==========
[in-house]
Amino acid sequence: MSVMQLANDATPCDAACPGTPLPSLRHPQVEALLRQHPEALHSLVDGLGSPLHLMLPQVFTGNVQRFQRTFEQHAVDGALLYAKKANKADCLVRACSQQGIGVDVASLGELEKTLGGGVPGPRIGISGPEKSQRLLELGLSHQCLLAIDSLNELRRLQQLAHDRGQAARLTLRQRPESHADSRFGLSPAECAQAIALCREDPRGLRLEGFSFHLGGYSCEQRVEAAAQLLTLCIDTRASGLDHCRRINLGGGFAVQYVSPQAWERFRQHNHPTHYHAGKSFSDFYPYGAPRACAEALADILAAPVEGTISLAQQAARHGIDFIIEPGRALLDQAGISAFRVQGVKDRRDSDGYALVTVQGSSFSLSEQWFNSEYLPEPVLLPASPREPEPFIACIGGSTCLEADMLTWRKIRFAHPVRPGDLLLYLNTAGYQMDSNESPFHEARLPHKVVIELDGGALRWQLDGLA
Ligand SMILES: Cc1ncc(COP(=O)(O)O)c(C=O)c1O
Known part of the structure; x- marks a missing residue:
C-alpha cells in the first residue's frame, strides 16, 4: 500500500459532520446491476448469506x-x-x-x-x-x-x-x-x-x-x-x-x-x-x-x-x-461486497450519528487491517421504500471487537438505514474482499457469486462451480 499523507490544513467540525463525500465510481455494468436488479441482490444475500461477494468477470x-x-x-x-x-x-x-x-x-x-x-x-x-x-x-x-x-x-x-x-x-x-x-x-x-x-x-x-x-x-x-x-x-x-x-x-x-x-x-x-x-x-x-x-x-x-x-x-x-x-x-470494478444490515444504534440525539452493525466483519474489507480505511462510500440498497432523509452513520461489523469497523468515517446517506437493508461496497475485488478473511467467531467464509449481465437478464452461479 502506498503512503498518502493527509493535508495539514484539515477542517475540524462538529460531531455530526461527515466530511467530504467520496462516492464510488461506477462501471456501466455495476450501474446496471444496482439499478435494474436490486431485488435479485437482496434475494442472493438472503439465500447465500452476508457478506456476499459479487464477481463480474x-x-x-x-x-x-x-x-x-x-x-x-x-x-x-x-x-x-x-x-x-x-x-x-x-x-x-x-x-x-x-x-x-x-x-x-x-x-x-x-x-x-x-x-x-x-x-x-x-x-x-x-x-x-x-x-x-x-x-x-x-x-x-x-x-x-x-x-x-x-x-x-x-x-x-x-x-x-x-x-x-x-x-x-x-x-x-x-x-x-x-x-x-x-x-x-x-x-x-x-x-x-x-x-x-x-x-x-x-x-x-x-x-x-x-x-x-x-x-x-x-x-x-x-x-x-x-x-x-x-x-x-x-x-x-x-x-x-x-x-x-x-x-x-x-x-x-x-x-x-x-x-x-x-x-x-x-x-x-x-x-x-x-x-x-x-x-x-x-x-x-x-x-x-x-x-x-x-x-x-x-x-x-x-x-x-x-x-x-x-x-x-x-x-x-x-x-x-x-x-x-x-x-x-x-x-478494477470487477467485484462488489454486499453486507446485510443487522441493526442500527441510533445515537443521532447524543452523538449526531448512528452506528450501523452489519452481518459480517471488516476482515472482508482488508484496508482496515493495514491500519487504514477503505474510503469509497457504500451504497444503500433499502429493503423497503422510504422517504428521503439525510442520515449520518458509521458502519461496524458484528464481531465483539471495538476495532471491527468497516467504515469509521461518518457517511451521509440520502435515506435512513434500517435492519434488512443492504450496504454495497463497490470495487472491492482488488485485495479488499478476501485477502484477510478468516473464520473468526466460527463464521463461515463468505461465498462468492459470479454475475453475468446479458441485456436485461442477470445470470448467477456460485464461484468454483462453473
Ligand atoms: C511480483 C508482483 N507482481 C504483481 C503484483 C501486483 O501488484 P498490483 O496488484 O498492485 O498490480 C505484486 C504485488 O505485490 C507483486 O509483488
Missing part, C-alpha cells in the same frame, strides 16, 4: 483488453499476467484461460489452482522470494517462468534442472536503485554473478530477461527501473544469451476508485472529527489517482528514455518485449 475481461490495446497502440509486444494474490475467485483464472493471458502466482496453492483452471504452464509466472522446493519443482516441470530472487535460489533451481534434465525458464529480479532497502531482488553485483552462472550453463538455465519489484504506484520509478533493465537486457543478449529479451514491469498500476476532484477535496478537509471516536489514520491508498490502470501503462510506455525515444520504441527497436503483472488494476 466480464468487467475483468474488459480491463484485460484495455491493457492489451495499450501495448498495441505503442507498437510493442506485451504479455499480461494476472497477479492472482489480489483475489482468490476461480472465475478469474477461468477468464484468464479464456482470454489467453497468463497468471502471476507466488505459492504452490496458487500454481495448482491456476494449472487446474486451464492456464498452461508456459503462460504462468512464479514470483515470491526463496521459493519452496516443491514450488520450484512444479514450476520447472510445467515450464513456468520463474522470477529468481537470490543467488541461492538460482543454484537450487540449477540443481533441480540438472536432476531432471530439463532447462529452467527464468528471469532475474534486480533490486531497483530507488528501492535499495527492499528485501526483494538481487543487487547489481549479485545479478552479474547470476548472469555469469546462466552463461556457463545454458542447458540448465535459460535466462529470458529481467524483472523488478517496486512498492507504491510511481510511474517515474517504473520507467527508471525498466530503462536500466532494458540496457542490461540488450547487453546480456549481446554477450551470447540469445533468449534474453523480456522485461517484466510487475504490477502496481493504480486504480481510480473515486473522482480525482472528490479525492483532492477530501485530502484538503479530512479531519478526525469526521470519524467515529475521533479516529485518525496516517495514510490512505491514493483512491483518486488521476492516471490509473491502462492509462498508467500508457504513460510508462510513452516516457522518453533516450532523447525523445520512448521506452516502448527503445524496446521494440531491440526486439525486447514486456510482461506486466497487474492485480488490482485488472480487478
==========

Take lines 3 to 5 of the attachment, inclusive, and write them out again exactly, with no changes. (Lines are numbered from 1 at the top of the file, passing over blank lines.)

Ligand SMILES: Cc1ncc(COP(=O)(O)O)c(C=O)c1O
Known part of the structure; x- marks a missing residue:
C-alpha cells in the first residue's frame, strides 16, 4: 500500500459532520446491476448469506x-x-x-x-x-x-x-x-x-x-x-x-x-x-x-x-x-461486497450519528487491517421504500471487537438505514474482499457469486462451480 499523507490544513467540525463525500465510481455494468436488479441482490444475500461477494468477470x-x-x-x-x-x-x-x-x-x-x-x-x-x-x-x-x-x-x-x-x-x-x-x-x-x-x-x-x-x-x-x-x-x-x-x-x-x-x-x-x-x-x-x-x-x-x-x-x-x-x-470494478444490515444504534440525539452493525466483519474489507480505511462510500440498497432523509452513520461489523469497523468515517446517506437493508461496497475485488478473511467467531467464509449481465437478464452461479 502506498503512503498518502493527509493535508495539514484539515477542517475540524462538529460531531455530526461527515466530511467530504467520496462516492464510488461506477462501471456501466455495476450501474446496471444496482439499478435494474436490486431485488435479485437482496434475494442472493438472503439465500447465500452476508457478506456476499459479487464477481463480474x-x-x-x-x-x-x-x-x-x-x-x-x-x-x-x-x-x-x-x-x-x-x-x-x-x-x-x-x-x-x-x-x-x-x-x-x-x-x-x-x-x-x-x-x-x-x-x-x-x-x-x-x-x-x-x-x-x-x-x-x-x-x-x-x-x-x-x-x-x-x-x-x-x-x-x-x-x-x-x-x-x-x-x-x-x-x-x-x-x-x-x-x-x-x-x-x-x-x-x-x-x-x-x-x-x-x-x-x-x-x-x-x-x-x-x-x-x-x-x-x-x-x-x-x-x-x-x-x-x-x-x-x-x-x-x-x-x-x-x-x-x-x-x-x-x-x-x-x-x-x-x-x-x-x-x-x-x-x-x-x-x-x-x-x-x-x-x-x-x-x-x-x-x-x-x-x-x-x-x-x-x-x-x-x-x-x-x-x-x-x-x-x-x-x-x-x-x-x-x-x-x-x-x-x-x-478494477470487477467485484462488489454486499453486507446485510443487522441493526442500527441510533445515537443521532447524543452523538449526531448512528452506528450501523452489519452481518459480517471488516476482515472482508482488508484496508482496515493495514491500519487504514477503505474510503469509497457504500451504497444503500433499502429493503423497503422510504422517504428521503439525510442520515449520518458509521458502519461496524458484528464481531465483539471495538476495532471491527468497516467504515469509521461518518457517511451521509440520502435515506435512513434500517435492519434488512443492504450496504454495497463497490470495487472491492482488488485485495479488499478476501485477502484477510478468516473464520473468526466460527463464521463461515463468505461465498462468492459470479454475475453475468446479458441485456436485461442477470445470470448467477456460485464461484468454483462453473